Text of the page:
In response to the COVID-19 pandemic, Washington University School of Medicine required all principal investigators and directors of research groups to put into place research contingency plans by March 23. The key feature of the research contingency plan was to define the “essential” and “important” functions of the lab and to build a contingency plan around the functions performed in the lab.
“Essential” functions are defined as: 1) Maintenance of critical reagents (cell lines, animals) and critical equipment (freezers, N2 tanks, computer clusters, other equipment) (no experiments) and 2) research related to COVID-19. “Important” functions included: 1) completing or winding down ongoing experiments that would be irreparable to the research project to halt, 2) completing/modifying/winding down ongoing experiments that would be costly or time consuming (e.g. months, not days or weeks) to the research project to halt.
Researchers were also asked to reduce all personnel in the labs and to identify the indispensable personnel necessary to carry out the “essential” and “important” functions. Researchers were also instructed to inform all lab personnel of the importance of maintaining social distancing and appropriate hygiene and use of personal protective equipment (PPE).
Transitioning to remote research
Researchers engaged in clinical and human subjects’ research were faced with the challenge of transitioning all research performed in person to a remote platform once the campus was locked down to visitors. All subjects participating in therapeutic trials or other research studies deemed essential to the subjects’ health were allowed on campus. Research subjects participating in trials or research studies that were not essential to the subject’s health were prohibited from continued on campus visits. The research teams were required to implement remote study visits via telecommunication. The collection of this information was coordinated by Sara Kukuljan, manager Clinical Research, and provided to Dr. Craig Buchman for his approval.
To stay engaged with the research mission, researchers were asked to develop activities for staff and trainees to complete at home. These activities include analyzing data, writing manuscripts, reading papers, developing new research proposals. Many residents, research trainees, and students are actively engaged in systematic reviews, chart reviews, and large dataset analyses many with remote statistical assistance (Zoom) from Dr. Dorina Kallogjeri.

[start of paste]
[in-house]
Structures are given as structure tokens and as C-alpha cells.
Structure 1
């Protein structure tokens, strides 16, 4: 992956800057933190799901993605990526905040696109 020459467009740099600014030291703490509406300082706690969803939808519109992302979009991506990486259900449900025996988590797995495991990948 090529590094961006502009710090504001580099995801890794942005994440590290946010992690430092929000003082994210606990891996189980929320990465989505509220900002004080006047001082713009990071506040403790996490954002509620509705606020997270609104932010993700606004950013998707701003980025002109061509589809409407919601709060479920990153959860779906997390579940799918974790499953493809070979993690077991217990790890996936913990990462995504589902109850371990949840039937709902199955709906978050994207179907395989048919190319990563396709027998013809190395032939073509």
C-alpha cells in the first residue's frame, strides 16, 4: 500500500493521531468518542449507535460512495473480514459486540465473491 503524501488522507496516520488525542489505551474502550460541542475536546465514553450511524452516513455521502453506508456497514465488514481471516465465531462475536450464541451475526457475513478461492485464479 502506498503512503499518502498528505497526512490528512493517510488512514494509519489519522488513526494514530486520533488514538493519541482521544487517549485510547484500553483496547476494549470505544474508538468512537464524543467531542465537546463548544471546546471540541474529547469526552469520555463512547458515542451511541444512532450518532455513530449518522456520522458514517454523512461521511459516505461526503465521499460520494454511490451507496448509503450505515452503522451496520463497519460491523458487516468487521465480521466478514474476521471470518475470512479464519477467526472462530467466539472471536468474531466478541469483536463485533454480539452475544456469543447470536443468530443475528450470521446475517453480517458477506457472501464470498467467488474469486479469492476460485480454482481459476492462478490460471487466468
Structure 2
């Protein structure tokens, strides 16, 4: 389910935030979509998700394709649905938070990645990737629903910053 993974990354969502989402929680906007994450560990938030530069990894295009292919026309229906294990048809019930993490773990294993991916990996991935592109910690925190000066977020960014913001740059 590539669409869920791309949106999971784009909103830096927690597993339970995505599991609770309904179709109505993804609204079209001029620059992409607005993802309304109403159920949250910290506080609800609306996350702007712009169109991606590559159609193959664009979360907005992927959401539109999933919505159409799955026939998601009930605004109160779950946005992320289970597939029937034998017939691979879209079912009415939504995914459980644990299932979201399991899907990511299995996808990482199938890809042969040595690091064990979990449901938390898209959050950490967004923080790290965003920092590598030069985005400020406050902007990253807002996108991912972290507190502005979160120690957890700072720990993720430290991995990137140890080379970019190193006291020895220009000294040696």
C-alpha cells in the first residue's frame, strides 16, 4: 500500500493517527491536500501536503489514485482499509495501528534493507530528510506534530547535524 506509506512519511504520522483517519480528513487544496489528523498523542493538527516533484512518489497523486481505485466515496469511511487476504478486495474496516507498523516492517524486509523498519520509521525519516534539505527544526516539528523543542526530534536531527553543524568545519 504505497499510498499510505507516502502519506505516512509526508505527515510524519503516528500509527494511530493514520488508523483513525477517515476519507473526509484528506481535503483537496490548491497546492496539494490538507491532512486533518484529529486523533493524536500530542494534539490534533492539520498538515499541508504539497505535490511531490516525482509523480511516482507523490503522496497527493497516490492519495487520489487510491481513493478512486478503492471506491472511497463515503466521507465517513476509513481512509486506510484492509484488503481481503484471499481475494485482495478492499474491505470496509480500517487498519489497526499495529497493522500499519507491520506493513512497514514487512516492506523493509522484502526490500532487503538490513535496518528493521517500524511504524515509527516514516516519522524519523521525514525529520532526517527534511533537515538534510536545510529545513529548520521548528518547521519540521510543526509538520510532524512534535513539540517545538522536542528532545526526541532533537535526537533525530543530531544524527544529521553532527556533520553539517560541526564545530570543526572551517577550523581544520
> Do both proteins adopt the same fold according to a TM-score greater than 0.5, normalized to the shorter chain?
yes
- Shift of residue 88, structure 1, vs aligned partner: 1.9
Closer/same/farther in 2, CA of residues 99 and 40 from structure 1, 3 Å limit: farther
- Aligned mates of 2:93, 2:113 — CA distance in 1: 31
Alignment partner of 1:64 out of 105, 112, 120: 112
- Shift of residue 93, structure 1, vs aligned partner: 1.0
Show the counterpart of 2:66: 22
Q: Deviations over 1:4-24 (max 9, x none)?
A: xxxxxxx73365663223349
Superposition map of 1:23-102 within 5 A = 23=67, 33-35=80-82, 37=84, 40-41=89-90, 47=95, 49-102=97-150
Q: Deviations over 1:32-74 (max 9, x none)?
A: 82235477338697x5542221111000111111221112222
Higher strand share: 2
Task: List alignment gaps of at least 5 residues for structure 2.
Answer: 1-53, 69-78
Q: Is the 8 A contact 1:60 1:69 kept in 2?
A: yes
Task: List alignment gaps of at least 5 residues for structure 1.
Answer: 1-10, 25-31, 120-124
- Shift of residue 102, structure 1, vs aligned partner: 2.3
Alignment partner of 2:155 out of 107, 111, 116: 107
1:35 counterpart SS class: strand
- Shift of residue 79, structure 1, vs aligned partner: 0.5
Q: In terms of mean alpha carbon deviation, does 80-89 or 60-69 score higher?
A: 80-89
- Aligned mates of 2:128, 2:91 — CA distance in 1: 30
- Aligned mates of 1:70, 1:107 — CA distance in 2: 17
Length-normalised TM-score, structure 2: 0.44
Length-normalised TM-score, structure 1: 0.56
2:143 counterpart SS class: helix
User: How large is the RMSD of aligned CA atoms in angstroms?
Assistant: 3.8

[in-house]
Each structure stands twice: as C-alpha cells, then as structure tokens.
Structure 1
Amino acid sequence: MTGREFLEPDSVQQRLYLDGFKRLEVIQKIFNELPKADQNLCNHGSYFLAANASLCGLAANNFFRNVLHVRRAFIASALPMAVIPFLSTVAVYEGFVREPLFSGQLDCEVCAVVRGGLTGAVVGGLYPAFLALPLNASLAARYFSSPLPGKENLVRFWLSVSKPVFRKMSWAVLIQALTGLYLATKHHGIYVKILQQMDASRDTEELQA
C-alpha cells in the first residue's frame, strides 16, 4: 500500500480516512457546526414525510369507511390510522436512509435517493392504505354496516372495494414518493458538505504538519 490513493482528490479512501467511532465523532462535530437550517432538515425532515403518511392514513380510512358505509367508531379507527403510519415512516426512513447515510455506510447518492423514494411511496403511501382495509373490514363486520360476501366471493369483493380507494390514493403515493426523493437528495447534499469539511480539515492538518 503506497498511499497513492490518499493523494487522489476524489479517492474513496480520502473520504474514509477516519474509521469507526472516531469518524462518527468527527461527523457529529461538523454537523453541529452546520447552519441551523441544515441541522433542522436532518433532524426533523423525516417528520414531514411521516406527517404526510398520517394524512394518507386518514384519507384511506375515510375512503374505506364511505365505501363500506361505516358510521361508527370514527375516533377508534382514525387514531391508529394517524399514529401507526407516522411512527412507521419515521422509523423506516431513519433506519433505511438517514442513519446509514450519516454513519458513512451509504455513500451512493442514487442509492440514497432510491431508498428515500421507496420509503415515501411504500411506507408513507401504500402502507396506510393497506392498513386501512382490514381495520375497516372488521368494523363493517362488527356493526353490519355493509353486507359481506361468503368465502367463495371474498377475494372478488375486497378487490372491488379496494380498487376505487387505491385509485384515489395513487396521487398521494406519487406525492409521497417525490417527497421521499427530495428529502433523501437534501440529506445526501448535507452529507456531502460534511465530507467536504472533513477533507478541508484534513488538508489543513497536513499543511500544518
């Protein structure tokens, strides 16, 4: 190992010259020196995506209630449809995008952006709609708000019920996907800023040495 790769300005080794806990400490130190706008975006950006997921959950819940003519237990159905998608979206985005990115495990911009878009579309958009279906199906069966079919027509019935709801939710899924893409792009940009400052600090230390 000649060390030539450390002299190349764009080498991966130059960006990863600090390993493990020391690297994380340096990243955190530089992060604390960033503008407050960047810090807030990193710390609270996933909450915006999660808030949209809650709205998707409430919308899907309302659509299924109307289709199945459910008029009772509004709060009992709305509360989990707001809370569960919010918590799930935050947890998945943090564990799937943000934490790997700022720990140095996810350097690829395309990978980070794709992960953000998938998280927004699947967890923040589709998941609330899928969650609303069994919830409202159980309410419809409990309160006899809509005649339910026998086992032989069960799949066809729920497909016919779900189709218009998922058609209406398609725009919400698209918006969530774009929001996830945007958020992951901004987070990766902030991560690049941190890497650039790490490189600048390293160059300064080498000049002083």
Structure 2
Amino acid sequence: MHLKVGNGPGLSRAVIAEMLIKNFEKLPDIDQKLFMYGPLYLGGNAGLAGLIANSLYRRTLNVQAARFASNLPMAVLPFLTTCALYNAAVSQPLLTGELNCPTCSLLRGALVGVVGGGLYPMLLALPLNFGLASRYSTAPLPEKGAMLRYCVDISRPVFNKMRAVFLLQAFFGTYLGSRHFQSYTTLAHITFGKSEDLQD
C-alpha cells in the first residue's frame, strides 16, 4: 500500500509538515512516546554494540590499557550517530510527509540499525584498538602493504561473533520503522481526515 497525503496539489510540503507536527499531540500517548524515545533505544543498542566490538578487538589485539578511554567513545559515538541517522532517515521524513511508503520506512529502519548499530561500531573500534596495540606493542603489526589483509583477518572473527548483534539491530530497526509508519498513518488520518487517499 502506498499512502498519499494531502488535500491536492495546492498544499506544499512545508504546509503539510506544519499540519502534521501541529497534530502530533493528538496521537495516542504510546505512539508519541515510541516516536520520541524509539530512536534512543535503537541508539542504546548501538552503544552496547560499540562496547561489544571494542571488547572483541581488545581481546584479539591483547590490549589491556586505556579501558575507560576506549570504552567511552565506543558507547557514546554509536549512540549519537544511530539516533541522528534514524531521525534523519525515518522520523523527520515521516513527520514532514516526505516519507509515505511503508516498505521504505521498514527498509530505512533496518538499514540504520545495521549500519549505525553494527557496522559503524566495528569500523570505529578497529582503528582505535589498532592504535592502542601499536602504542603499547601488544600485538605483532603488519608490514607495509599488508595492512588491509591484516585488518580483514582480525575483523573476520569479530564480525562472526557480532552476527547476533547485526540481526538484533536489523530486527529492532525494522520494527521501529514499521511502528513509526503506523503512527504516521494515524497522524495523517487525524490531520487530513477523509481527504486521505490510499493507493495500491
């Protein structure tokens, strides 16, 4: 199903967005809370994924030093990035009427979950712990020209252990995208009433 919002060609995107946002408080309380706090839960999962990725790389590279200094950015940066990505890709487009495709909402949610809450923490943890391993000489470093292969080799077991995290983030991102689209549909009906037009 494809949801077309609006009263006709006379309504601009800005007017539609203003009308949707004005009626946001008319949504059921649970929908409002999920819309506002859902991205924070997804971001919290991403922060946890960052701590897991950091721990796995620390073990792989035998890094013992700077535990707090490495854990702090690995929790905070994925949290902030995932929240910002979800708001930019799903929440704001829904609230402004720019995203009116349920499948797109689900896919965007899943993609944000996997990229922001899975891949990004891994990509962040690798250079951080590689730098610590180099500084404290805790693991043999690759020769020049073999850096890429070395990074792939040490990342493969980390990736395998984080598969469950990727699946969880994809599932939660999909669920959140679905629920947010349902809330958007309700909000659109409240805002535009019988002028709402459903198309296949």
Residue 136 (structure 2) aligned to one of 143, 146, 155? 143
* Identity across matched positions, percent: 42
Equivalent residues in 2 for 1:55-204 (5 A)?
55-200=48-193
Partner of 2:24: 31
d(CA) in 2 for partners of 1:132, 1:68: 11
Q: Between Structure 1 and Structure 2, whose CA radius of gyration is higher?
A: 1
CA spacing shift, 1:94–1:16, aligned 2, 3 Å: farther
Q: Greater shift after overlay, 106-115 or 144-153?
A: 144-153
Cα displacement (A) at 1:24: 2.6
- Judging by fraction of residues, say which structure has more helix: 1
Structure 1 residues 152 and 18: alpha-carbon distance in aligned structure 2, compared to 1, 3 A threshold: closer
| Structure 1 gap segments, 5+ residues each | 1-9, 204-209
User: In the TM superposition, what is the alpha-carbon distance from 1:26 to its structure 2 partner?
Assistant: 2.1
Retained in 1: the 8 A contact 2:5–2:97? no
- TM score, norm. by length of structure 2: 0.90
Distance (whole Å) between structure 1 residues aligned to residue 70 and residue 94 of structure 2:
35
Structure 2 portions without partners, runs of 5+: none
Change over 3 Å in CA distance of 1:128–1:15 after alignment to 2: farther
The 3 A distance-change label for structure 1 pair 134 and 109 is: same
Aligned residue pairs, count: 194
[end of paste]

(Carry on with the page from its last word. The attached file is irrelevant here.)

New studies and innovations
Some faculty and trainees are conducting quality improvement projects and planning clinical studies. For example, Drs. Tyler Bertroche, Patrick Pipkorn, Paul Zolkind, Buchman, and Jose Zevallos developed a new negative pressure aerosol cover for COVID-19 tracheostomy, which was just published online in JAMA Otolaryngology-Head & Neck Surgery.
A research proposal analyzing the incidence of anosmia as a presenting symptom of COVID-19 and longitudinal follow-up of these patients to define the natural history is currently under review by the Washington University School of Medicine institutional review board. When approved, it is anticipated that a large number of patients with COVID-associated anosmia will be recruited. Many of them may still have anosmia in three months and will be eligible for a therapeutic trial.
Drs. John Chi and Nneoma Wamkpah plan to explore patient concerns and decisional conflict in otolaryngology surgery during the COVID-19 pandemic. Dr. David Leonard seeks to explore quality-of-life and cost implications of delayed placement of tympanostomy tubes due to the COVID-19 pandemic.
In fact, with the reduction in so much of the clinical service, the research activities of the department seem busier than ever. Unfortunately, due to the continued reduction in all on-campus activities and with no certain date to return, it was decided that this year’s Ogura Day and Resident Research Day will be cancelled.